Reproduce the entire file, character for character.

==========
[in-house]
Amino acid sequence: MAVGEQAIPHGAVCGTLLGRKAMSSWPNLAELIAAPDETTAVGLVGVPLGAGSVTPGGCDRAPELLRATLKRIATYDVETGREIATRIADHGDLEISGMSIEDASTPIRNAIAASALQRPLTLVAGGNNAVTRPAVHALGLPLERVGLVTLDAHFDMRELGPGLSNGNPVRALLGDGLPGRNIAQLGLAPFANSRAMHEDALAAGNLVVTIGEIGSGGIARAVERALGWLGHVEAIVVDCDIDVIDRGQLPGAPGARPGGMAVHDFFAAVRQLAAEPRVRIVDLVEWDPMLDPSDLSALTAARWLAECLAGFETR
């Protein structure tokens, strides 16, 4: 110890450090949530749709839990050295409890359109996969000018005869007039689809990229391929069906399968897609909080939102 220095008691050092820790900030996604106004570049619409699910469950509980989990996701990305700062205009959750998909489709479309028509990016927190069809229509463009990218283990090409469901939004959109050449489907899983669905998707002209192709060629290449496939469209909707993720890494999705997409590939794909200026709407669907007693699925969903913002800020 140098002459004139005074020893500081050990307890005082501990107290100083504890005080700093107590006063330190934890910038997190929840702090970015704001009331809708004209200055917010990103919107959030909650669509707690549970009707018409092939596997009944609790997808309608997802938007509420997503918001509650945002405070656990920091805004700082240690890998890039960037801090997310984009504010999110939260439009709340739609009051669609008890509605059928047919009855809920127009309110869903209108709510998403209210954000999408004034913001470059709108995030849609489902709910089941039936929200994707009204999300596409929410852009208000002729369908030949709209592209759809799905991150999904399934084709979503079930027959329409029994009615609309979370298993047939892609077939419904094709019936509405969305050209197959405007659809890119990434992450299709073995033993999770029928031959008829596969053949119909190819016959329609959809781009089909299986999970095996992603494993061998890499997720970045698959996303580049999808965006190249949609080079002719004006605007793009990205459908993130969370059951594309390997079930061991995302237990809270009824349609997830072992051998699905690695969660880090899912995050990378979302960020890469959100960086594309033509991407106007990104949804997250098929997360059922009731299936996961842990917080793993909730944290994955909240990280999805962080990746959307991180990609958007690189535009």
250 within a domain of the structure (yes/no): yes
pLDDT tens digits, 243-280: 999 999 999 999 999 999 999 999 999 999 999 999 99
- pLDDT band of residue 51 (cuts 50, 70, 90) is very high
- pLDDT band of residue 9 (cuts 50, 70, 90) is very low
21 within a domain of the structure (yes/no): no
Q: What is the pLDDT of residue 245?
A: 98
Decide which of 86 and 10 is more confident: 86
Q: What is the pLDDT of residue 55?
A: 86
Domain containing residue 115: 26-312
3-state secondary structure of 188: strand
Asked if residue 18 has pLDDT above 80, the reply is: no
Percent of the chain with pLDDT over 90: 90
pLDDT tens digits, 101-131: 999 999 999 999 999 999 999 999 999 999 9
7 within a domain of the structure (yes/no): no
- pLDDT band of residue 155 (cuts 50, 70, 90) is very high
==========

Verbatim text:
[in-house]
Amino acid sequence: MAVGEQAIPHGAVCGTLLGRKAMSSWPNLAELIAAPDETTAVGLVGVPLGAGSVTPGGCDRAPELLRATLKRIATYDVETGREIATRIADHGDLEISGMSIEDASTPIRNAIAASALQRPLTLVAGGNNAVTRPAVHALGLPLERVGLVTLDAHFDMRELGPGLSNGNPVRALLGDGLPGRNIAQLGLAPFANSRAMHEDALAAGNLVVTIGEIGSGGIARAVERALGWLGHVEAIVVDCDIDVIDRGQLPGAPGARPGGMAVHDFFAAVRQLAAEPRVRIVDLVEWDPMLDPSDLSALTAARWLAECLAGFETR
């Protein structure tokens, strides 16, 4: 110890450090949530749709839990050295409890359109996969000018005869007039689809990229391929069906399968897609909080939102 220095008691050092820790900030996604106004570049619409699910469950509980989990996701990305700062205009959750998909489709479309028509990016927190069809229509463009990218283990090409469901939004959109050449489907899983669905998707002209192709060629290449496939469209909707993720890494999705997409590939794909200026709407669907007693699925969903913002800020 140098002459004139005074020893500081050990307890005082501990107290100083504890005080700093107590006063330190934890910038997190929840702090970015704001009331809708004209200055917010990103919107959030909650669509707690549970009707018409092939596997009944609790997808309608997802938007509420997503918001509650945002405070656990920091805004700082240690890998890039960037801090997310984009504010999110939260439009709340739609009051669609008890509605059928047919009855809920127009309110869903209108709510998403209210954000999408004034913001470059709108995030849609489902709910089941039936929200994707009204999300596409929410852009208000002729369908030949709209592209759809799905991150999904399934084709979503079930027959329409029994009615609309979370298993047939892609077939419904094709019936509405969305050209197959405007659809890119990434992450299709073995033993999770029928031959008829596969053949119909190819016959329609959809781009089909299986999970095996992603494993061998890499997720970045698959996303580049999808965006190249949609080079002719004006605007793009990205459908993130969370059951594309390997079930061991995302237990809270009824349609997830072992051998699905690695969660880090899912995050990378979302960020890469959100960086594309033509991407106007990104949804997250098929997360059922009731299936996961842990917080793993909730944290994955909240990280999805962080990746959307991180990609958007690189535009």
250 within a domain of the structure (yes/no): yes
pLDDT tens digits, 243-280: 999 999 999 999 999 999 999 999 999 999 999 999 99
- pLDDT band of residue 51 (cuts 50, 70, 90) is very high
- pLDDT band of residue 9 (cuts 50, 70, 90) is very low
21 within a domain of the structure (yes/no): no
Q: What is the pLDDT of residue 245?
A: 98
Decide which of 86 and 10 is more confident: 86
Q: What is the pLDDT of residue 55?
A: 86
Domain containing residue 115: 26-312
3-state secondary structure of 188: strand
Asked if residue 18 has pLDDT above 80, the reply is: no
Percent of the chain with pLDDT over 90: 90
pLDDT tens digits, 101-131: 999 999 999 999 999 999 999 999 999 999 9
7 within a domain of the structure (yes/no): no
- pLDDT band of residue 155 (cuts 50, 70, 90) is very high